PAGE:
Questions Surrounding Jesus’ Birth/Part 10

By: Dr. John Ankerberg with various Scholars; ©{{{copyright}}}
Can We Believe that “Miraculous” Events—Such as the Virgin Birth—Really Happen?

Ed. note: This article is based upon the transcript from programs produced by the John Ankerberg Show. Additional material has been added for this print version.

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Can We Believe that “Miraculous” Events—Such as the Virgin Birth—Really Happen?

Dr. John Ankerberg: The ABC Special raised many questions about the events and people surrounding Jesus’ birth. Have the Gospel writers presented accurate, historical information? Did Luke make historical errors in dating Jesus’ birth just before a Roman census was taken? Maybe one of the biggest problems people have is with the miraculous aspect of the virgin birth itself. Dr. N. T. Wright taught at Oxford University in England for 22 years. He is presently canon theologian of Westminster Abbey and is respected as one of the foremost historical Jesus scholars in the world today. We talked with him about how he approaches the virgin birth of Jesus as a historian.

Dr. N. T. Wright:[1] It’s interesting that in both Britain and America, when people ask about the truth of Christianity, often they seem to be interested in the empty tomb and in the virgin birth–and as though those two things were somehow equal and parallel. It’s very interesting in the New Testament that the Resurrection is everywhere but the virginal conception of Jesus is only in those two little bits at the beginning of Matthew and Luke. And really, for Paul, for Hebrews, for John, you can say the whole of the Christian Gospel without mentioning the birth of Jesus. That’s not to say it’s unimportant. It’s just to say it’s not nearly as important as Jesus’ death and Resurrection. Take them away and you haven’t got a Gospel at all.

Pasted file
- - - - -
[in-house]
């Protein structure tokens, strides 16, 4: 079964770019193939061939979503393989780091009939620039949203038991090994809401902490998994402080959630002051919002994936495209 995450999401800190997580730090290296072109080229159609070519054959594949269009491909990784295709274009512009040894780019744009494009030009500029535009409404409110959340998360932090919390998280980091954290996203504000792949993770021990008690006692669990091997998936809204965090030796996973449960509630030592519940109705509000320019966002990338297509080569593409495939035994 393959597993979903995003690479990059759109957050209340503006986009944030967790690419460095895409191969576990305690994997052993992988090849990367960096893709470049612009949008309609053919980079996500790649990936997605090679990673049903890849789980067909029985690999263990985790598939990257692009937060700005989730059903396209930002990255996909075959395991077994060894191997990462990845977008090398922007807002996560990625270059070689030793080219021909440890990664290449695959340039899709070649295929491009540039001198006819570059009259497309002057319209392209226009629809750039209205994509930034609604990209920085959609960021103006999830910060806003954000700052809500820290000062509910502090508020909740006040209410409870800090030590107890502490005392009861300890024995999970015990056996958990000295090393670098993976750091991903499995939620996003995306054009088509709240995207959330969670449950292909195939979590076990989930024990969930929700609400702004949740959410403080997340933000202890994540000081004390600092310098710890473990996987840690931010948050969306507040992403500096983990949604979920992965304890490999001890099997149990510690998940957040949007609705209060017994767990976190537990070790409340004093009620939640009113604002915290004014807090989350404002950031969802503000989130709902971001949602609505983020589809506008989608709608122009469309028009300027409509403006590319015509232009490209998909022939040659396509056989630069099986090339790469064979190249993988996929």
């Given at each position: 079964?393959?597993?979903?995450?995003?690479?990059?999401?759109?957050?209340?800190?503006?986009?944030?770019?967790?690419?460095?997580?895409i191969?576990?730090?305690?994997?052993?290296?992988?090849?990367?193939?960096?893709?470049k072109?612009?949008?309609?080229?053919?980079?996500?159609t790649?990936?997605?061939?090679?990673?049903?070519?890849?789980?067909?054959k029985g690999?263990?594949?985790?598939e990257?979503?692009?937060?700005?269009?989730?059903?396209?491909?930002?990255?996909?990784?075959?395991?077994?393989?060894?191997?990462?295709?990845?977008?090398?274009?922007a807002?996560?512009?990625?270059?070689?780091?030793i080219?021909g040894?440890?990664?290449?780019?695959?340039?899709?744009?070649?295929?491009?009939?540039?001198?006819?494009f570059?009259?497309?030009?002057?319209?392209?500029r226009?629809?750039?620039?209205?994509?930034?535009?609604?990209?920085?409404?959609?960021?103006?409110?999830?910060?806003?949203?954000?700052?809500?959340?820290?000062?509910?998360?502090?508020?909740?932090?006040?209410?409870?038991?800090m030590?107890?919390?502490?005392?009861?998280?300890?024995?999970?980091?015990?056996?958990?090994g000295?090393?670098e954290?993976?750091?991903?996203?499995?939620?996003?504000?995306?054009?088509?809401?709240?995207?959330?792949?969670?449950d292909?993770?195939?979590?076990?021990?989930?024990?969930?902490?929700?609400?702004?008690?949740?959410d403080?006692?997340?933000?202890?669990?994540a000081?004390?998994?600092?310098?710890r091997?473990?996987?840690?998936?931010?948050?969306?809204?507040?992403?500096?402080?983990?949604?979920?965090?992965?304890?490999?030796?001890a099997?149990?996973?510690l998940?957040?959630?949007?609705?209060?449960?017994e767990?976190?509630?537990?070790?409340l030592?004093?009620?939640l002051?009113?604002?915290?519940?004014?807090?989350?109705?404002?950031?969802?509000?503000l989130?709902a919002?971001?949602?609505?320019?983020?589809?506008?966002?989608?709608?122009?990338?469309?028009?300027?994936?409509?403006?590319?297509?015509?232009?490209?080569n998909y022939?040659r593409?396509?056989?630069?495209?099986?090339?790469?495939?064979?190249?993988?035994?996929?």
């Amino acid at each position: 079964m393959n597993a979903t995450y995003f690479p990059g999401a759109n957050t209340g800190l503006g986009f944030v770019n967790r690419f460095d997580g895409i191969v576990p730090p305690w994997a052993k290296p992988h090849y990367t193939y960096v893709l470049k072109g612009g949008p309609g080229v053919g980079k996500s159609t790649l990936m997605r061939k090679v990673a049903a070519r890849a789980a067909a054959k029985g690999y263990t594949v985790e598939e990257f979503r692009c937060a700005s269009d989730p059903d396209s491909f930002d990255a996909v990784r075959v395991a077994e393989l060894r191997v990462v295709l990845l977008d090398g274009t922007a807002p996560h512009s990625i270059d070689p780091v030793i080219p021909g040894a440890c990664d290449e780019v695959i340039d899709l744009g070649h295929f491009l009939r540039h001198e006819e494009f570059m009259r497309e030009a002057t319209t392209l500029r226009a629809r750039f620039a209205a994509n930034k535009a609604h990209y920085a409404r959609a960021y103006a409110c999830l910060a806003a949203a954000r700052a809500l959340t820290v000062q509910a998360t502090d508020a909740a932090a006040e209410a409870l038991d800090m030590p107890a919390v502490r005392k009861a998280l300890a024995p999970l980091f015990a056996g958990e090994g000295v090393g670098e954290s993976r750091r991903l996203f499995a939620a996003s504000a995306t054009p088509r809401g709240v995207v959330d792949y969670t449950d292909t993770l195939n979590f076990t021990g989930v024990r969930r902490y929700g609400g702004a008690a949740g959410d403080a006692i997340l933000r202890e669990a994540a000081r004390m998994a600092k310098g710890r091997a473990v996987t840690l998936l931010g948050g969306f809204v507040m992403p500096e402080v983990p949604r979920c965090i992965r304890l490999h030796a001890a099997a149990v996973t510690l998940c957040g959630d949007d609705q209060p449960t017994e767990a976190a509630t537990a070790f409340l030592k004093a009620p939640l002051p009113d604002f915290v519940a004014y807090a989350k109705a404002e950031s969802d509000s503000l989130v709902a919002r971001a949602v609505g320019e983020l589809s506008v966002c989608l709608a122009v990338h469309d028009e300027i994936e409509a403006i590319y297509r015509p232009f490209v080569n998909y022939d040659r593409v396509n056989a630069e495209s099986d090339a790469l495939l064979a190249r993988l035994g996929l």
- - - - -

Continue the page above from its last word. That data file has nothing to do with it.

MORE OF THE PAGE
Dr. John Ankerberg: I’ve got to ask you this question now because it comes up. You have material, information, but you have 20th century people that come to this material with presuppositions. Can history straight-out lead us to the conclusion that Jesus was God–He did the supernatural; miracles took place, etc.? Or does something have to happen before we approach that material? Because a naturalist would say, “Hey, if I see the miracles, they didn’t happen because miracles don’t happen.” How would you advise people to look at these texts?

Dr. Darrell Bock:[2] It’s a good question and I think it’s an important question for our day because I think most people do approach the Bible and they go, “This is pretty unusual stuff.” And the fact is, it is. And in fact, that’s the point. The fact that it’s unusual is the point. You know, virgin births don’t happen every day, and the reason God did it this way was to mark Jesus out as unique, as special, so that Joseph finds himself in the dilemma of having this girl that he’s betrothed to pregnant. He knows he’s not responsible. In his mind that leads to only one conclusion: some other guy did this. Now there has to be an explanation for why that doesn’t work. And the interesting thing is in thinking about–that states it positively–thinking about it negatively, you have to come to the view of, does the alternative explanation make sense? Let’s work with the virgin birth. I think it’s a problem to say that the early Church created a cover-up for an illegitimate Jesus because someone would have known that birth was illegitimate and if there really was a belief that Jesus’ birth was illegitimate, He never would have gotten out of the starting blocks as the Messiah, as the holy, chosen Messiah of God.